### Section 0: Preliminaries

$$\newcommand{\bint}{\displaystyle{\int\hspace{-10.4pt}\Large\mathit{8}}} \newcommand{\res}{\displaystyle{\text{Res}}}$$

We are interested in studying the algebraic geometry around singular points of $w(z)$ given implicitly by $$\begin{equation} f(z,w)=a_0(z)+a_1(z)w+a_2(z)w^2+\cdots+a_n(z)w^n \end{equation}$$ with $z,w\in \mathbb{C}$ and $a_i(z)$ polynomials with rational coefficients. $w(z)$ is $n$-valued except at singular points. In this discussion, we use the following definition of a singular point: We know for a function $w(z)$ given implicitly by $(1)$, we have $$w'(z)=-\frac{f_z}{f_w}$$ and so we find the points $(z,w)$ where $f(z,w)=f_w(z,w)=0$. We can find these points by first determining where the resultant $R(f,f_w)=0$. The resultant is a polynomial in $z$ the zeros of which are the $z$-values of the singular points. Finding $z$, we then solve for $w$ by plugging into $f(z,w)=0$. This is easily done in Mathematica with the code:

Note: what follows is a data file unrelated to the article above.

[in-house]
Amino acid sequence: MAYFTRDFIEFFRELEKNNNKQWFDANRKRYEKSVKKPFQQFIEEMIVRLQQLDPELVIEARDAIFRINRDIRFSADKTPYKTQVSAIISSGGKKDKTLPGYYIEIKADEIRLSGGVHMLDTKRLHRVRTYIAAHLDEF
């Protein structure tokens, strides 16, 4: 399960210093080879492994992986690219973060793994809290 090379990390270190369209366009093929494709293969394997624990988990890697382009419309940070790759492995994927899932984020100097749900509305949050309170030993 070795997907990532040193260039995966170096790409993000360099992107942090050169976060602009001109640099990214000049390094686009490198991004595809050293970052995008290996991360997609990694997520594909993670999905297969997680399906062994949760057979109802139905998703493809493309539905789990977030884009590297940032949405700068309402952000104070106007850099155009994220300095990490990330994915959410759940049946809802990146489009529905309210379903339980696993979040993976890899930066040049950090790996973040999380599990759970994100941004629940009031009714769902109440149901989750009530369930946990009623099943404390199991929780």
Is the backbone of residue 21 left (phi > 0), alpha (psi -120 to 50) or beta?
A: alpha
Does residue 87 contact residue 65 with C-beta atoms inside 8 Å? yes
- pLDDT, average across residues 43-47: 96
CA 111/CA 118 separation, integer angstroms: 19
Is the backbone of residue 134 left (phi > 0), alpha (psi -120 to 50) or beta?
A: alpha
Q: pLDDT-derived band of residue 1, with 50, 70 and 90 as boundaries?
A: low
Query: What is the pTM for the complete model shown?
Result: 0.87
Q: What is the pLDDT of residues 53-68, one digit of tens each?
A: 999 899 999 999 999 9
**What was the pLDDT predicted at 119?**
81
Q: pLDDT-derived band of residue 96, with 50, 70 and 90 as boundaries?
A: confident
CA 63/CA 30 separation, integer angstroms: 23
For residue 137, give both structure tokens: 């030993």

thezvals = z /. NSolve[Resultant[theFunction, D[theFunction, w], w] == 0, z]
thewvals = NSolve[{theFunction == 0, D[theFunction, w] == 0} /. z -> #] & /@ thezvals
Consider for example $$\begin{equation} f(z,w)=-8z^2+6zw+(9z-1)w^2-9zw^3 \end{equation}$$ which yields the following singular points: \begin{array}{cc} \text{Singular number} & \text{(z,w)} \\ s_1 & \{-0.0134098,-0.0356913\} \\ s_2 & \{0.,0.\} \\ s_3 & \{0.0328578\, -0.0488795 i,-0.0577313-0.748737 i\} \\ s_4 & \{0.0328578\, +0.0488795 i,-0.0577313+0.748737 i\} \\ s_5 & \{0.614361,0.817821\} \\ \end{array}

Once we have the singular points, we then identify the branching geometry around these points by computing power expansions of the branches.